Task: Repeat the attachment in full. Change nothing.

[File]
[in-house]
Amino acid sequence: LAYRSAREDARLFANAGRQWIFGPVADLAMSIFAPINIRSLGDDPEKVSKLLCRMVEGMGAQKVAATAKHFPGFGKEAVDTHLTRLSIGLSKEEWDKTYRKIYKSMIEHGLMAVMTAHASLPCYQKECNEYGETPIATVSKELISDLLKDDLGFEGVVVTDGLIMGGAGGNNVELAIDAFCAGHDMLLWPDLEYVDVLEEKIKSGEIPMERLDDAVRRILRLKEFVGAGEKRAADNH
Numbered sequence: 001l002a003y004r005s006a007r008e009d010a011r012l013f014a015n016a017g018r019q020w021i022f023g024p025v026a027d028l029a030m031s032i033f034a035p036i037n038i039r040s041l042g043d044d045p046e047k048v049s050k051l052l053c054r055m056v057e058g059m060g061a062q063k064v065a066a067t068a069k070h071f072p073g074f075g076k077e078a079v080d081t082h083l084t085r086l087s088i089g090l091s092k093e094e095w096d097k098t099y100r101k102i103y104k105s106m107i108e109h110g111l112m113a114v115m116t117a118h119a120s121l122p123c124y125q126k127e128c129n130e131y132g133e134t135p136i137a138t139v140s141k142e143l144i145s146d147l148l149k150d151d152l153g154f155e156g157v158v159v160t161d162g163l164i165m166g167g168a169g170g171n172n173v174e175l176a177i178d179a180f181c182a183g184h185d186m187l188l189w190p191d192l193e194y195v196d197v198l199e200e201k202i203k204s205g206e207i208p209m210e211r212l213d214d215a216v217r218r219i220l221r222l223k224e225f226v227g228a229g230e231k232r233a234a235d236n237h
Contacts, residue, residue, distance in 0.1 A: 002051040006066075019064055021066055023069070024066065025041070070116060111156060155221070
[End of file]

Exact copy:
[in-house]
Amino acid sequence: LAYRSAREDARLFANAGRQWIFGPVADLAMSIFAPINIRSLGDDPEKVSKLLCRMVEGMGAQKVAATAKHFPGFGKEAVDTHLTRLSIGLSKEEWDKTYRKIYKSMIEHGLMAVMTAHASLPCYQKECNEYGETPIATVSKELISDLLKDDLGFEGVVVTDGLIMGGAGGNNVELAIDAFCAGHDMLLWPDLEYVDVLEEKIKSGEIPMERLDDAVRRILRLKEFVGAGEKRAADNH
Numbered sequence: 001l002a003y004r005s006a007r008e009d010a011r012l013f014a015n016a017g018r019q020w021i022f023g024p025v026a027d028l029a030m031s032i033f034a035p036i037n038i039r040s041l042g043d044d045p046e047k048v049s050k051l052l053c054r055m056v057e058g059m060g061a062q063k064v065a066a067t068a069k070h071f072p073g074f075g076k077e078a079v080d081t082h083l084t085r086l087s088i089g090l091s092k093e094e095w096d097k098t099y100r101k102i103y104k105s106m107i108e109h110g111l112m113a114v115m116t117a118h119a120s121l122p123c124y125q126k127e128c129n130e131y132g133e134t135p136i137a138t139v140s141k142e143l144i145s146d147l148l149k150d151d152l153g154f155e156g157v158v159v160t161d162g163l164i165m166g167g168a169g170g171n172n173v174e175l176a177i178d179a180f181c182a183g184h185d186m187l188l189w190p191d192l193e194y195v196d197v198l199e200e201k202i203k204s205g206e207i208p209m210e211r212l213d214d215a216v217r218r219i220l221r222l223k224e225f226v227g228a229g230e231k232r233a234a235d236n237h
Contacts, residue, residue, distance in 0.1 A: 002051040006066075019064055021066055023069070024066065025041070070116060111156060155221070